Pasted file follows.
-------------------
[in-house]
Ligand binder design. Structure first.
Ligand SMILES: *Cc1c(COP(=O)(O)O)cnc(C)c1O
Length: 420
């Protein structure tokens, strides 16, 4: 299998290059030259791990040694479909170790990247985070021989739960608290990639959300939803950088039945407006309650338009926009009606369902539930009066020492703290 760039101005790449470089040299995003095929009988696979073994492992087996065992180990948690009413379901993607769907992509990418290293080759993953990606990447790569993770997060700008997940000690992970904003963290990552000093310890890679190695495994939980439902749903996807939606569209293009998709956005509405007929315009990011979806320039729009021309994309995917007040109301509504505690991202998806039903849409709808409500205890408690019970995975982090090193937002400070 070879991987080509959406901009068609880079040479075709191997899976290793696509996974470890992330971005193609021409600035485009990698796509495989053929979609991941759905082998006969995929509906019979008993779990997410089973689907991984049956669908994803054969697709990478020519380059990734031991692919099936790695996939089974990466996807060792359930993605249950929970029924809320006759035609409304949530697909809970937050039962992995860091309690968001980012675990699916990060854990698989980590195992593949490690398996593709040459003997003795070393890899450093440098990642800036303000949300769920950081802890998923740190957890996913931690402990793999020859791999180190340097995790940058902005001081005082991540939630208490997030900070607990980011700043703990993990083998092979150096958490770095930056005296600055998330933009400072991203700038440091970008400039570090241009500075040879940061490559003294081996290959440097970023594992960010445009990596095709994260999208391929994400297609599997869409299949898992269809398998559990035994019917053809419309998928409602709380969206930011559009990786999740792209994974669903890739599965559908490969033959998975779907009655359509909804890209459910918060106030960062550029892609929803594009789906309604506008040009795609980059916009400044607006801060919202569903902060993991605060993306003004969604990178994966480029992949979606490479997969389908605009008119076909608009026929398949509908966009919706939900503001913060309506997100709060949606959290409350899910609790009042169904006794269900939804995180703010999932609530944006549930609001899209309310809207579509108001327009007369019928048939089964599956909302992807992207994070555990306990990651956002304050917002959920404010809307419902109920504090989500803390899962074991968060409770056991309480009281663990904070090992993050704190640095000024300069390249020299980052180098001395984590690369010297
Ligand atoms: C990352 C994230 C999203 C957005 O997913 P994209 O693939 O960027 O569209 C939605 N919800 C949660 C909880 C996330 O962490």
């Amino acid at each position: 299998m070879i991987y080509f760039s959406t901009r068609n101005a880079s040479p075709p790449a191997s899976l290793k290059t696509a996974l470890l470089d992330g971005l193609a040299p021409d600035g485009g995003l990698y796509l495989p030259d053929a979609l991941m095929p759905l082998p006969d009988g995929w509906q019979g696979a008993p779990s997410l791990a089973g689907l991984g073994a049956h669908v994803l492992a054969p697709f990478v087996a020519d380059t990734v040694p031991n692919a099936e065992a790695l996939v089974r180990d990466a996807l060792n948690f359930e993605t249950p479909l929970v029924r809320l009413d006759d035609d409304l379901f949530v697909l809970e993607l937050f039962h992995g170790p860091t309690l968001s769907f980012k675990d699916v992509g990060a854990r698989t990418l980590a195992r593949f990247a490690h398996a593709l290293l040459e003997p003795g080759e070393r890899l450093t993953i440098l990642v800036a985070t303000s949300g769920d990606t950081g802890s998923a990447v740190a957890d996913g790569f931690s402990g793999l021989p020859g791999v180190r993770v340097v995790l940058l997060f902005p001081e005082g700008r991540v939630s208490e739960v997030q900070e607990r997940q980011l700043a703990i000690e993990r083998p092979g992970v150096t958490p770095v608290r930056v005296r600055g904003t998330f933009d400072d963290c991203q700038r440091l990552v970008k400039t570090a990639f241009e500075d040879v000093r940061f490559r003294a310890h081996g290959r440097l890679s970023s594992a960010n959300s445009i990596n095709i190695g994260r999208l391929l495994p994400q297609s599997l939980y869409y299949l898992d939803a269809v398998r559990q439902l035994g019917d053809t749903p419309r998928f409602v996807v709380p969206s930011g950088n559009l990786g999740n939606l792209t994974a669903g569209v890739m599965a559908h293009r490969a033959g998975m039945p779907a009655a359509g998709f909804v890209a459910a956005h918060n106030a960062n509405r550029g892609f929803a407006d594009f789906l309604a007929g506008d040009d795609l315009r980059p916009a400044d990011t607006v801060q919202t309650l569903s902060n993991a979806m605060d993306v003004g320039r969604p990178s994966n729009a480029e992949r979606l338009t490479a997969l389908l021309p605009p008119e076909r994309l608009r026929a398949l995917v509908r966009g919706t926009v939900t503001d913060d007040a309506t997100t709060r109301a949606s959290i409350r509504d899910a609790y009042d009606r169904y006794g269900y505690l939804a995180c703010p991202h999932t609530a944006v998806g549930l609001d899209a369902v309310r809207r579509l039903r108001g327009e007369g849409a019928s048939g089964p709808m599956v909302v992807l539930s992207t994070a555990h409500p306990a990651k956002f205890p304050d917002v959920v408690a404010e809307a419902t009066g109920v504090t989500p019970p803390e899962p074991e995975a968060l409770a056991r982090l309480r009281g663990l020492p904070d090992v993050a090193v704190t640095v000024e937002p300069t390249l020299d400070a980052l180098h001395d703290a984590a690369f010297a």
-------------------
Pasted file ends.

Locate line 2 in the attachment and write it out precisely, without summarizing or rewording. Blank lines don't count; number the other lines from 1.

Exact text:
Ligand binder design. Structure first.